Courtney Bevan, a Commonwealth Parenting family educator specializing in families and children who have special needs, attends the Special Nights for Special Needs at the Children’s Museum of Richmond locations. She says during the events, she talks with parents – providing support and resources – and engages with the children. Here she offers parents 10 ways to advocate for their special needs child.
1. Organization and documentation.
Keep accurate documentation about when, where and what preceded particular negative behaviors. Be aware of any patterns you notice.
2. Always ask why.
There is no such thing as asking too many questions when it comes to your child’s well-being. When talking with doctors or caregivers about treatment options and their opinions of which may be best for your child, even if you don’t have any specific questions right then, always ask “why?”
As a parent it is important to acknowledge your own strengths, weaknesses and limitations. Ask for help from others in the areas you know you are weaker in.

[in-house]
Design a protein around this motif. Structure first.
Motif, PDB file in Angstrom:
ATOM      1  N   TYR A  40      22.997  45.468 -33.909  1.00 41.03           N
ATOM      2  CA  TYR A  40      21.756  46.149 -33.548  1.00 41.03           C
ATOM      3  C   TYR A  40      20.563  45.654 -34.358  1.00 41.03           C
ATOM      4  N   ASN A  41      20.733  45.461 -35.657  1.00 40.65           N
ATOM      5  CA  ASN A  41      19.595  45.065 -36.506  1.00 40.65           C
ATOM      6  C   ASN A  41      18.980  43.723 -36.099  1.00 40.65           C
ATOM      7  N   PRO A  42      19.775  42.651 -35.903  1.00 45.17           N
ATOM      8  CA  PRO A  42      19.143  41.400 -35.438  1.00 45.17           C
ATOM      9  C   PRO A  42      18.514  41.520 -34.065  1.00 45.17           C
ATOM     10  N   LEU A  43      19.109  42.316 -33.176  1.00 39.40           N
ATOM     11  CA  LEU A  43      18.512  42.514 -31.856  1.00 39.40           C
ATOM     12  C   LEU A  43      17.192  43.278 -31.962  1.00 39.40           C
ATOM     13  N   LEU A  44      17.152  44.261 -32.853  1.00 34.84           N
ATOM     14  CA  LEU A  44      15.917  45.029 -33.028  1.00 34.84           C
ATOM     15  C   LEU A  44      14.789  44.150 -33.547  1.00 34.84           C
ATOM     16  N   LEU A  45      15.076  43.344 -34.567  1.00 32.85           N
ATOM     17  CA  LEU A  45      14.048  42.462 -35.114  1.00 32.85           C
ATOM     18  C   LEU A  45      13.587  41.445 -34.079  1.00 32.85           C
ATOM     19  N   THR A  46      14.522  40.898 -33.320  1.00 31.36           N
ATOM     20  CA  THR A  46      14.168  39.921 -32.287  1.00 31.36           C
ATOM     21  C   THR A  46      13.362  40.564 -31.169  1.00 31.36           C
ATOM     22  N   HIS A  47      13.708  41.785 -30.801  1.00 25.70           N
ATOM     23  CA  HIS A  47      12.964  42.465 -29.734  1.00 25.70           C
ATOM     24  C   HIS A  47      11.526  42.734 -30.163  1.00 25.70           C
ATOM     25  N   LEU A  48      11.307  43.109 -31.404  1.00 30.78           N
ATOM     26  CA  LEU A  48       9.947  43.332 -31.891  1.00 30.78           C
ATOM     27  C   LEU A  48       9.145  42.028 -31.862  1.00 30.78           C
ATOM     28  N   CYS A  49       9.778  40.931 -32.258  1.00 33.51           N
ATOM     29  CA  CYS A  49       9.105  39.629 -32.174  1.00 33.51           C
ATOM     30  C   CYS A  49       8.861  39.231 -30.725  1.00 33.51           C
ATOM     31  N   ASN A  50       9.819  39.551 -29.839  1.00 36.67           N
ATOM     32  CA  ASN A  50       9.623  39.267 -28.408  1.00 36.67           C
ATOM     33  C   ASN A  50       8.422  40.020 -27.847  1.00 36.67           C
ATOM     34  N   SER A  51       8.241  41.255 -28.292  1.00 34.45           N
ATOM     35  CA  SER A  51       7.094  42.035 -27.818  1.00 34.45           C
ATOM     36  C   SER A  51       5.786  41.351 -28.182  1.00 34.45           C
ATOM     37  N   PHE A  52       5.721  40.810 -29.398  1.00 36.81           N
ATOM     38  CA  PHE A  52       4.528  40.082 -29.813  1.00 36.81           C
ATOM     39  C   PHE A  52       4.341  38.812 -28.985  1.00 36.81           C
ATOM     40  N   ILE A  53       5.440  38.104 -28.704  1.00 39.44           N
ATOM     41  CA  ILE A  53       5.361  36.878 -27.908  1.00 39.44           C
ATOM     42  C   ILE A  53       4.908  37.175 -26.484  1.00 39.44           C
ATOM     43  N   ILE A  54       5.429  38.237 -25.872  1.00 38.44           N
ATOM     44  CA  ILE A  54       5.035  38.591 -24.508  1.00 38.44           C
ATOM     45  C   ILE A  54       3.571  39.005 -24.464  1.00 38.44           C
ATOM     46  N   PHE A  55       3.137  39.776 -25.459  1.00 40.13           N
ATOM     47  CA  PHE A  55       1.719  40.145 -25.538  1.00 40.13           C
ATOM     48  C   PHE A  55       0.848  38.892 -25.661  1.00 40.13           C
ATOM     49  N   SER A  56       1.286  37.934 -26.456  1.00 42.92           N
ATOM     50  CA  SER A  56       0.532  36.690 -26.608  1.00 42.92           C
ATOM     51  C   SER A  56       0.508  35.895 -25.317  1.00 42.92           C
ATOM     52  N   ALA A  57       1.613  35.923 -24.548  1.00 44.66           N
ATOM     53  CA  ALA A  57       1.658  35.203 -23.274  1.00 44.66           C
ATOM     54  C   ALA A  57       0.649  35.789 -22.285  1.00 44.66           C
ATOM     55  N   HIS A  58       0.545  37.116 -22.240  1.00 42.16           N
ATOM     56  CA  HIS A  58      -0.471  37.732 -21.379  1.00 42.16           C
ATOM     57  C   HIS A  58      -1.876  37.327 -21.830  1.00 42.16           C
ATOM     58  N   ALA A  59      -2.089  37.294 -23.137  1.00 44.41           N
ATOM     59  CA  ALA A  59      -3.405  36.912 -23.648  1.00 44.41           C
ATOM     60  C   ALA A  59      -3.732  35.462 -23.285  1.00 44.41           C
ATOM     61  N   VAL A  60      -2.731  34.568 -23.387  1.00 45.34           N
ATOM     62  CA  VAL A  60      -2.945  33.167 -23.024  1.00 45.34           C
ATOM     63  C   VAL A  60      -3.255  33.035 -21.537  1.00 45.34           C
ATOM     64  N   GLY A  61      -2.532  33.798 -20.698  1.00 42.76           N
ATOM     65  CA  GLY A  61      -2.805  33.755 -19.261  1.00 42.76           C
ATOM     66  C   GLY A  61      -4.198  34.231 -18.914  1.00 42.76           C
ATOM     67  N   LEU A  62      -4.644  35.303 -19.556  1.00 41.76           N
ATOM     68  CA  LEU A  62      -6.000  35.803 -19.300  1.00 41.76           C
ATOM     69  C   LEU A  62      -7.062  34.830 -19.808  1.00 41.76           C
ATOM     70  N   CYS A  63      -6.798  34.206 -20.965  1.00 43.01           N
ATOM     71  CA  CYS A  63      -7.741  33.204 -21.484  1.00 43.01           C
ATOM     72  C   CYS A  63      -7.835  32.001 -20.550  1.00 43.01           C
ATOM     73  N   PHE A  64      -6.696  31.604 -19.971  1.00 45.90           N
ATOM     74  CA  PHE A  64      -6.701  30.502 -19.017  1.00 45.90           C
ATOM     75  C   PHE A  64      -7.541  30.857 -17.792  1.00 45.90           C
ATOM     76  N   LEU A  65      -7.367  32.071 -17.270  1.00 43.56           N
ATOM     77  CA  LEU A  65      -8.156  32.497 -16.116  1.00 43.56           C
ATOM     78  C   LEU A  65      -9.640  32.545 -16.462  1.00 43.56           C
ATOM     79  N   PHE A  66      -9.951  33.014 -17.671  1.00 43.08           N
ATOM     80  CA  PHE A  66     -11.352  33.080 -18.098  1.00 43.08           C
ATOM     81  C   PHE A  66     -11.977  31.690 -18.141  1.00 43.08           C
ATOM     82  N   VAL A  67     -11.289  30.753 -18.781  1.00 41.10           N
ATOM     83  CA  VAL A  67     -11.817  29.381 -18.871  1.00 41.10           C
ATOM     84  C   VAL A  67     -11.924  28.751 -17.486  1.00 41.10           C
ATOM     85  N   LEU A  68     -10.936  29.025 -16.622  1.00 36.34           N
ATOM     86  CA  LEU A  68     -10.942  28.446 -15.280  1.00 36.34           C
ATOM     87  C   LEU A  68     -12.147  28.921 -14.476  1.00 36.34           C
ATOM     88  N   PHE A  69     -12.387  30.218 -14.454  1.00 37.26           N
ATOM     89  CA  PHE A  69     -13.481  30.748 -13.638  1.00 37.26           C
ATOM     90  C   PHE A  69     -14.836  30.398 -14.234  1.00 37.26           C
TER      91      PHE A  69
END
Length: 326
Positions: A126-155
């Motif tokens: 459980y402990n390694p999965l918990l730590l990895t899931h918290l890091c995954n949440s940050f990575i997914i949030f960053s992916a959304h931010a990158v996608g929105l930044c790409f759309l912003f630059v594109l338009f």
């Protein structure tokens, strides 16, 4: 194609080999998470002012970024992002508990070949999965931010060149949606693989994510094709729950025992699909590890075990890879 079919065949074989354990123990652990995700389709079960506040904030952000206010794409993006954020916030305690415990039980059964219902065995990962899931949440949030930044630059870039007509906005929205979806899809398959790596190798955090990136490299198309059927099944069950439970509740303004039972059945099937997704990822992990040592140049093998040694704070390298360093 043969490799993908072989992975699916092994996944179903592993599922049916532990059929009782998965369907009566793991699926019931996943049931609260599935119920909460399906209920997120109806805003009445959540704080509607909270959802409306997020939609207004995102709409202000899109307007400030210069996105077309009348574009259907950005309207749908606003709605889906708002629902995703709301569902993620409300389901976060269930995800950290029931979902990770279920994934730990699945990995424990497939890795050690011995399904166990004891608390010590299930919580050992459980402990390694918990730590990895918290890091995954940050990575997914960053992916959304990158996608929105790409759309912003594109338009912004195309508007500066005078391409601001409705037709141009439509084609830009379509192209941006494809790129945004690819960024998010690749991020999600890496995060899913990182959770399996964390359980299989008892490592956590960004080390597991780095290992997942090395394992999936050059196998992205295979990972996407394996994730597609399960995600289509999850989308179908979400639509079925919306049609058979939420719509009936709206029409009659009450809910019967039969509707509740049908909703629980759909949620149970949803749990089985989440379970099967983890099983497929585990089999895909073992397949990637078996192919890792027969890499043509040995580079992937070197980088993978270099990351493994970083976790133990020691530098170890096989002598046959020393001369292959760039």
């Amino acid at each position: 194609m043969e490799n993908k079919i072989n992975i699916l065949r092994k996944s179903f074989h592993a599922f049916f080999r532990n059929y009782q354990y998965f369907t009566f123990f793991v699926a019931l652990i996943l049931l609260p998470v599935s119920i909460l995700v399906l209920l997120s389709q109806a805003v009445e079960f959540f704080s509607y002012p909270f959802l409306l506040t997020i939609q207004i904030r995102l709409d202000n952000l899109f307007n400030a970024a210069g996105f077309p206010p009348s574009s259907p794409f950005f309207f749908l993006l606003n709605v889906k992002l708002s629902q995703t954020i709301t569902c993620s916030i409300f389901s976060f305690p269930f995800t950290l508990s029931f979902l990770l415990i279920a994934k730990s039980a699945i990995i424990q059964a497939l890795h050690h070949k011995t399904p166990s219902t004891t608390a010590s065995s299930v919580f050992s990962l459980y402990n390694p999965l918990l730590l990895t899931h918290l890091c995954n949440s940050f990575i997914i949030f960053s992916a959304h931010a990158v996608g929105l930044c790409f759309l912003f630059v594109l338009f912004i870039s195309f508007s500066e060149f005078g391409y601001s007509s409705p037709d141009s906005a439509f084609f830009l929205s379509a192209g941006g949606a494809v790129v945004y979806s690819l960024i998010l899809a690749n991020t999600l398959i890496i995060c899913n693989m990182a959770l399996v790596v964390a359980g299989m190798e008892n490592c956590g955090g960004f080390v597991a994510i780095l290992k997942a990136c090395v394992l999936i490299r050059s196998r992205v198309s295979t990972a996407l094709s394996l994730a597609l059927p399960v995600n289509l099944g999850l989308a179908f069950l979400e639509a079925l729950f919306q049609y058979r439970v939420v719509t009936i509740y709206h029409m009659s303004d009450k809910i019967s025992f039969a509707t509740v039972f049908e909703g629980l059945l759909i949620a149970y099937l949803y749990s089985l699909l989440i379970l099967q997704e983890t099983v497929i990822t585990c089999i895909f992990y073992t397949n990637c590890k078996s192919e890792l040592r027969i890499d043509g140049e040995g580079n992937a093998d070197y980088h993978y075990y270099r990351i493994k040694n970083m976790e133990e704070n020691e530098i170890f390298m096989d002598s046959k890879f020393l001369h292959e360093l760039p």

4. Your child’s teacher is your best ally.
Forming a positive relationship with your child’s teacher is important when it comes time to determine the best way and environment to educate your child.
5. Set realistic goals.
It’s important to be realistic when it comes to making changes. Don’t try to change everything at once. Target two or three behaviors that are most important and make a plan – then be consistent!
6. Get help from other professionals.
Be sure you are getting services that are best for your child and necessary for their development. Most professionals have the best intentions but it can never hurt to get a second or third opinion.
7. Know your and your child’s rights.
The ADA (Americans with Disabilities Act) was a law developed to protect children with special needs and disabilities. IDEA, Individuals with Disabilities Education Act, is another law that defines the process and guidelines that must be met when determining a child’s education.
8. Be seen, be present.
Be present in the different circles your child is being serviced. Let teachers, administrators and doctors hear from you via email or phone and get involved in events that are not just for special needs children.
9. Bring backup.
Attending meetings and appointments for your child can be scary – bring a friend or family member to support you.
10. Don’t be concerned what others may think about you.
Don’t be afraid to be that “crazy” mom who is overly involved with her child. You know your child best and are the voice for that child until he/she is old enough. Just remember, “The squeakiest wheel always gets the most grease.” ■